Rangatahi of Ngāi Te Rangi Iwi: Cultural belonging and connectedness
Benton, C. (2019). Rangatahi of Ngāi Te Rangi Iwi: Cultural belonging and connectedness (Thesis, Master of Applied Psychology (MAppPsy)). The University of Waikato, Hamilton, New Zealand. Retrieved from https://hdl.handle.net/10289/12807
Permanent Research Commons link: https://hdl.handle.net/10289/12807
Rangatahi Māori (Māori youth) have one of the highest suicide rates in the OECD, they leave school earlier and with less qualifications, and suffer from higher rates of unemployment, hospitalisation and conduct and substance disorders and abuse than non-Māori. Sadly, many rangatahi move into adulthood only to experience poorer physical and mental health, shorter lifespans, and lower socioeconomic status compared to that of non-Māori. With these poor health outcomes for rangatahi Māori in mind this research explores the nature of Māori identities as a foundation for wellness, meaning, and flourishing. More importantly, this research takes into consideration the negative impacts of the colonisation of Māori and their cultural identity and the inter-generational effects of this long term systematic nature of disadvantage. I posit that cultural connectedness and belonging can foster healthy psychological and behavioural outcomes for rangatahi Māori. The mixed-method approach taken within this research sits within a Kaupapa Māori framework and draws upon accounts of 16 rangatahi Māori, aged between 10 and 14 years, who participated in a Ngāi Te Rangi Iwi based leadership development programme that reconnects rangatahi Māori with traditional customs and practices of their ancestors to enhance their health and wellbeing. Findings suggest that connectedness and belonging are manifest through practices such as Pēpeha, whakapapa, and Whakataukī/whakatauāki and rangatahi Māori draw on this cultural knowledge base and cultural practices to empower themselves, their whānau, hapū and Iwi. Rangatahi Māori in this sample also identified that whānau was most important in their lives followed by engagement in Māori culture. Findings highlight how Iwi organisations are stepping up to lead their people to a brighter future. For Māori, engaging with their Māoritanga and Te Ao Māori not only addresses the negative impacts of colonialism, but unlocks cultural potential, and an enhanced sense of self which serves to empower rangatahi Māori, their whānau, hapū and Iwi.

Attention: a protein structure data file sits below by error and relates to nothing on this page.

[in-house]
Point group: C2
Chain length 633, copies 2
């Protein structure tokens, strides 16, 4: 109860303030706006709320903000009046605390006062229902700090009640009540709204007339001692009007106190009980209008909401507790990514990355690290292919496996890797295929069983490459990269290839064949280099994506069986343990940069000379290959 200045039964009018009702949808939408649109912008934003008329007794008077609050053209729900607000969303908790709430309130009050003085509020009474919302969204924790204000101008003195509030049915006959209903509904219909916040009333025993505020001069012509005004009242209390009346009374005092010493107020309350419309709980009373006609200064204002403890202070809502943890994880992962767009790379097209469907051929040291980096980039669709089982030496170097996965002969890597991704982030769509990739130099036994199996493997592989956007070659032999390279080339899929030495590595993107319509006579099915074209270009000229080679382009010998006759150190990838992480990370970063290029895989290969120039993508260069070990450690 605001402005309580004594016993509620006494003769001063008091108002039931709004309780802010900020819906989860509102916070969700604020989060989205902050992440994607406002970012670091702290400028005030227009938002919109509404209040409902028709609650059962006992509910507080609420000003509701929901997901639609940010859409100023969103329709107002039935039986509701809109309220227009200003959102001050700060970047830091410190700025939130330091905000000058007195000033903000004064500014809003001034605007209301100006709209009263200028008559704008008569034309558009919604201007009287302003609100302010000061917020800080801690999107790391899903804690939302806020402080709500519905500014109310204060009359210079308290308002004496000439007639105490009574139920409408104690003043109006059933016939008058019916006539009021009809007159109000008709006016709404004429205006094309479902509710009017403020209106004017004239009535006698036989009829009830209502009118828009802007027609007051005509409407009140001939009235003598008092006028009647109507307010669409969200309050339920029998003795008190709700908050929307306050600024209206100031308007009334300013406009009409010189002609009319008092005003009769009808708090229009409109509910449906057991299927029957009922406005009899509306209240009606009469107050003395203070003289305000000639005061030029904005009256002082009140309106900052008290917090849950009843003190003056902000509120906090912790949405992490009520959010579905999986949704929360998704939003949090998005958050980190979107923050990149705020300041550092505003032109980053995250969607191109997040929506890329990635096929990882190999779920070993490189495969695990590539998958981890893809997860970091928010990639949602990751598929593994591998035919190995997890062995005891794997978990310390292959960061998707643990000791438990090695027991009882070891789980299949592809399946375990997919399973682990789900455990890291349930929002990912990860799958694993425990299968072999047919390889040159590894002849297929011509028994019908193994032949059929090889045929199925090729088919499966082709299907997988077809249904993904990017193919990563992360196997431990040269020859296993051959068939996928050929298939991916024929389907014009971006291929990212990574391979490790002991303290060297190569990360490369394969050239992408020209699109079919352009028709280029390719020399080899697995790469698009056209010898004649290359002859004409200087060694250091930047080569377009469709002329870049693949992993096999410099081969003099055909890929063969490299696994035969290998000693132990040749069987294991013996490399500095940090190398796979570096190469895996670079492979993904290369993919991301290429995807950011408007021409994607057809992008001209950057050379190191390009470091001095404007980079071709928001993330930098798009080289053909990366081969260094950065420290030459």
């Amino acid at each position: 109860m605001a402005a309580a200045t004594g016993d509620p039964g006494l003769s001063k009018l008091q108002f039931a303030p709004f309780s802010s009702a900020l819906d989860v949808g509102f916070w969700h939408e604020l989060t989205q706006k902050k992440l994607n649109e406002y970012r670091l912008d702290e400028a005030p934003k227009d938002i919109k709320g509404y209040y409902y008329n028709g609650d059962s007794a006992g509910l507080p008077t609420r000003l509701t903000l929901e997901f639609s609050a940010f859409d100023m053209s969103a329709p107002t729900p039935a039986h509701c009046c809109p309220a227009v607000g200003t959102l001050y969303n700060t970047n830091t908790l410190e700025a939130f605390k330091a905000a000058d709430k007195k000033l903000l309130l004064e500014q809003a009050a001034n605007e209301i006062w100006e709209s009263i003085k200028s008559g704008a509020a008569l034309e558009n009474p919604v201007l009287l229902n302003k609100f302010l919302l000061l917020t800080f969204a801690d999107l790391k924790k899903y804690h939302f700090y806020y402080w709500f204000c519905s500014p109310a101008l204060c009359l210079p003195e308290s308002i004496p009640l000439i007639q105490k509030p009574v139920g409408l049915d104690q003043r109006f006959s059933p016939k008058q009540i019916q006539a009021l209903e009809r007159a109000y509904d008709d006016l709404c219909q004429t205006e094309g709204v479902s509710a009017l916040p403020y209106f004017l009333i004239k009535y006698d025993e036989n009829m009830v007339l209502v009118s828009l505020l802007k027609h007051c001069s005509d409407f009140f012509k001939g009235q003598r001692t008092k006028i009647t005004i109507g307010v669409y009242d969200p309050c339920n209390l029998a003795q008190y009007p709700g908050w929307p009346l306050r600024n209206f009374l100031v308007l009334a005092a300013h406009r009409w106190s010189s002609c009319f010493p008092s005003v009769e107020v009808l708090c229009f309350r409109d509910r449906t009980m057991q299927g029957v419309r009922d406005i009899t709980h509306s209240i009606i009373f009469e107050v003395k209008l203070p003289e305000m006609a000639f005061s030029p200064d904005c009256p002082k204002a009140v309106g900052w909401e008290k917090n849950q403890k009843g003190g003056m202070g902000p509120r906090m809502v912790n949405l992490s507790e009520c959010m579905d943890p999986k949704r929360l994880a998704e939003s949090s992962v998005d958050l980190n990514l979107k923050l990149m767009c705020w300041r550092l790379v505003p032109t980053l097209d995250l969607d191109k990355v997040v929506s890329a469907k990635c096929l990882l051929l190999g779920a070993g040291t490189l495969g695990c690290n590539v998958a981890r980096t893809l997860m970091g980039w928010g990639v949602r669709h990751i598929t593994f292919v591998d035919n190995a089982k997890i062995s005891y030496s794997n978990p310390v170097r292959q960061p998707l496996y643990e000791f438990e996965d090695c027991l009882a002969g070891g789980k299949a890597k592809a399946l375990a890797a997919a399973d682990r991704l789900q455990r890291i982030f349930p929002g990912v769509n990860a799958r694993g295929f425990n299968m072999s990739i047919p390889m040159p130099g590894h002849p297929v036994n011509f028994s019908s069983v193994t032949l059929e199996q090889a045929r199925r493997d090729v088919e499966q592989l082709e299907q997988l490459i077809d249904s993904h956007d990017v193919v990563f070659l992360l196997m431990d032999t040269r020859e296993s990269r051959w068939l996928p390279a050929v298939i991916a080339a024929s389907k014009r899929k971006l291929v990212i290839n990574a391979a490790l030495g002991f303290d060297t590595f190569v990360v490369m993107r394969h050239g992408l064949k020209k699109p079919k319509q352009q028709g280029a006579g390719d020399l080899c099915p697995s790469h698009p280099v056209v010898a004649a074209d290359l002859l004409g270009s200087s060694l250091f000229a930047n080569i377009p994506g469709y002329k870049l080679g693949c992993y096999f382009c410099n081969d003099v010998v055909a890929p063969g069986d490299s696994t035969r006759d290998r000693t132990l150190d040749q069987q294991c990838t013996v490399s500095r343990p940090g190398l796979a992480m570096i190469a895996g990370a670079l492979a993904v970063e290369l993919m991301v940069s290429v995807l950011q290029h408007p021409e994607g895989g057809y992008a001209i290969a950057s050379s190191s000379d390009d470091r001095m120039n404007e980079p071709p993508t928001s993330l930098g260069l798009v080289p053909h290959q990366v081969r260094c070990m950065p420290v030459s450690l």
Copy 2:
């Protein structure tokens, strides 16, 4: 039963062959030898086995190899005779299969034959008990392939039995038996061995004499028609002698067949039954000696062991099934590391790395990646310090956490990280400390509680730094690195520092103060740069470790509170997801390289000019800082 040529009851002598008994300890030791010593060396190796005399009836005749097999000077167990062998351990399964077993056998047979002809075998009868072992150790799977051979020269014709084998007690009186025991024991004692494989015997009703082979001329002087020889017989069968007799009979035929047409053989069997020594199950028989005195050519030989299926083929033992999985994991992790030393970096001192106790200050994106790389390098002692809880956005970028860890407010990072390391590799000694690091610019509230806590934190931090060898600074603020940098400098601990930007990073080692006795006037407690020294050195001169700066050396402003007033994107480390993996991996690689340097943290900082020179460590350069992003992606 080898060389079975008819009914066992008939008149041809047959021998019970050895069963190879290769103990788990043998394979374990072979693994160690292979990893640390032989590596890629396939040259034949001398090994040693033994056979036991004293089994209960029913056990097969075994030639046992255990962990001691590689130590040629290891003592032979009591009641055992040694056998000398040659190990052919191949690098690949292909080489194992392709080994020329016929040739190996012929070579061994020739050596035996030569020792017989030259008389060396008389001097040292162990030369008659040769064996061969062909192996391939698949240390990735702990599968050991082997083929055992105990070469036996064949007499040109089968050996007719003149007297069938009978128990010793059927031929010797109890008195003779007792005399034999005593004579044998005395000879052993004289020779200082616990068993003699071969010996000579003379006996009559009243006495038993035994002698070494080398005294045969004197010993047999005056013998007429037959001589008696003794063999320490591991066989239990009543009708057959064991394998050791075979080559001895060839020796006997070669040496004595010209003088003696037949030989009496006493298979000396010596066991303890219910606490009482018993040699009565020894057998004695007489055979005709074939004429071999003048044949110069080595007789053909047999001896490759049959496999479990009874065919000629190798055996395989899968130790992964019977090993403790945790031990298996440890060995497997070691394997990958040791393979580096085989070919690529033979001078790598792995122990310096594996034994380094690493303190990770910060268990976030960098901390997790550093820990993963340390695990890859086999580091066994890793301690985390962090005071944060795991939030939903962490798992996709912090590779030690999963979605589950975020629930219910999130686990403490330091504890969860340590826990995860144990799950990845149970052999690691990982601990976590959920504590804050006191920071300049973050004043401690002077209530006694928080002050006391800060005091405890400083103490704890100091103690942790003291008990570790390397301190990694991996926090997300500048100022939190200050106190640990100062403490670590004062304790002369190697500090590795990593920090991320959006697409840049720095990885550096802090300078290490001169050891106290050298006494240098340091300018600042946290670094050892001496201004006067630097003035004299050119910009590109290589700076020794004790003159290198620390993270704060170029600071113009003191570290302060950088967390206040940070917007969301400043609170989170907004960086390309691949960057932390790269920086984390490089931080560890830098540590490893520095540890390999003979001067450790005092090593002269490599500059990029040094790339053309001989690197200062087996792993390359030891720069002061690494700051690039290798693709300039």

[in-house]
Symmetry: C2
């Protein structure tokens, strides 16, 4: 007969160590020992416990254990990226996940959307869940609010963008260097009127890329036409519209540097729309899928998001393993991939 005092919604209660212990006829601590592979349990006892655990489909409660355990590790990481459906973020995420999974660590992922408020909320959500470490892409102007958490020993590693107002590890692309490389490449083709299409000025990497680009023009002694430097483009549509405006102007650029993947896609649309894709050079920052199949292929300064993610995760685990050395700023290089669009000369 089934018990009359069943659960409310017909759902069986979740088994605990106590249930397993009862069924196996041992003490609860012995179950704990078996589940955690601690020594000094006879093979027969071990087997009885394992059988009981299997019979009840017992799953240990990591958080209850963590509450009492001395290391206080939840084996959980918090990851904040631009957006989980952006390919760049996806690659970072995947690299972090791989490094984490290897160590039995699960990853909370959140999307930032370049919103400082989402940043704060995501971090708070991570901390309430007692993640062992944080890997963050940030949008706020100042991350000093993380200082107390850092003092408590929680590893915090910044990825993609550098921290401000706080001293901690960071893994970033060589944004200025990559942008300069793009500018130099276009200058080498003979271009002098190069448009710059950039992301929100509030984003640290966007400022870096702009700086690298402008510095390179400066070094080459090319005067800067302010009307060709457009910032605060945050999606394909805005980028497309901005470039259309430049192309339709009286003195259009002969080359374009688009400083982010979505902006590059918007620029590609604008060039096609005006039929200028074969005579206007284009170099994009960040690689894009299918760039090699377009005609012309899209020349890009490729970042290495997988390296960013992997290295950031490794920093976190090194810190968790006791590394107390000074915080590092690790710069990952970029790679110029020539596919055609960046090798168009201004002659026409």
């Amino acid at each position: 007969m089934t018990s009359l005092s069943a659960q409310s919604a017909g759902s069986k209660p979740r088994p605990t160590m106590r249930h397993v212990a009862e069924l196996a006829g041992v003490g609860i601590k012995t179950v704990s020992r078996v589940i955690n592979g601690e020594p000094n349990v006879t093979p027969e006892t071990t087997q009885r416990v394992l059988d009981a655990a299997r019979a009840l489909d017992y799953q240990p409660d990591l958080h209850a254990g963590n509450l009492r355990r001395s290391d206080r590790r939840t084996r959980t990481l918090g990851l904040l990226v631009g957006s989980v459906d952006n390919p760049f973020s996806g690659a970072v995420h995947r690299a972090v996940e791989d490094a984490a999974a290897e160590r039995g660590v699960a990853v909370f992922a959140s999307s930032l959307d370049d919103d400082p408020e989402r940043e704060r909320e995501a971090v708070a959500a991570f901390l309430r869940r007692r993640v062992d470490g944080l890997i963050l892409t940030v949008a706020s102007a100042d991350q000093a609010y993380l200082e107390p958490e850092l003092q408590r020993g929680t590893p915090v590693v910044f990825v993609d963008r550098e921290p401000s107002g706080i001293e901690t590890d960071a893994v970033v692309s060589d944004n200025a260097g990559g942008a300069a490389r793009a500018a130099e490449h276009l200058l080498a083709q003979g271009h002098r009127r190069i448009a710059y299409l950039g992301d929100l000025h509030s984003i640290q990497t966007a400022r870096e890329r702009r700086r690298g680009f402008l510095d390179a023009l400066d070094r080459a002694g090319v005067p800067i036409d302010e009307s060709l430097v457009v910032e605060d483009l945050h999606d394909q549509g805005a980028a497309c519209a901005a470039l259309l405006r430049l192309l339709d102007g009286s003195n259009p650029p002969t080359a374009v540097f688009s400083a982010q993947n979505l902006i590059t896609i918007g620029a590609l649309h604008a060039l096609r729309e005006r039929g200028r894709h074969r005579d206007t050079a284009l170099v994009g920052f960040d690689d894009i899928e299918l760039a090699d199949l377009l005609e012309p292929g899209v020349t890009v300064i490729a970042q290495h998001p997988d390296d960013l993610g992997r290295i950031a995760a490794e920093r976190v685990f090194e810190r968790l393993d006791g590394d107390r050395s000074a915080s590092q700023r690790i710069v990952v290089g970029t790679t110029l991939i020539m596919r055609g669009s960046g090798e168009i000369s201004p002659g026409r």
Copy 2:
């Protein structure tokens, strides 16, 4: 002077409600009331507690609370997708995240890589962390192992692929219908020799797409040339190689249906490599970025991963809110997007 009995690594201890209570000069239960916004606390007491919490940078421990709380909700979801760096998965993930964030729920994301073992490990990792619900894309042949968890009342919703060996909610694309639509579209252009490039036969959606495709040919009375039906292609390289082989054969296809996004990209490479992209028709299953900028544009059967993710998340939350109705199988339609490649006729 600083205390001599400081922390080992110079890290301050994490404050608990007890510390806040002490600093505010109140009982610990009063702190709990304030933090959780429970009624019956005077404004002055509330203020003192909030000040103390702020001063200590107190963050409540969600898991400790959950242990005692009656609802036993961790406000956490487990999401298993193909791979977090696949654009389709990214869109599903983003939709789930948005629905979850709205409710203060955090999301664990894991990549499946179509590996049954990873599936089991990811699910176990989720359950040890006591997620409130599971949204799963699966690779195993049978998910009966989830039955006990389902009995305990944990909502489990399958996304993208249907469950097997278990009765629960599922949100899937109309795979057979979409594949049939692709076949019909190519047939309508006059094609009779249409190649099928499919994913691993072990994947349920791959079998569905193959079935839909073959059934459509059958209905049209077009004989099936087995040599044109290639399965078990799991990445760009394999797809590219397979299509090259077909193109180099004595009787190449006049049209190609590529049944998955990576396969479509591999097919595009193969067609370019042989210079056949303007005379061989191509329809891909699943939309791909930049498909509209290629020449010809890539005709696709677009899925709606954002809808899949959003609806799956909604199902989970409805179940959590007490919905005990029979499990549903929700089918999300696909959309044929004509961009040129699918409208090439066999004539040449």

The University of Waikato
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- Masters Degree Theses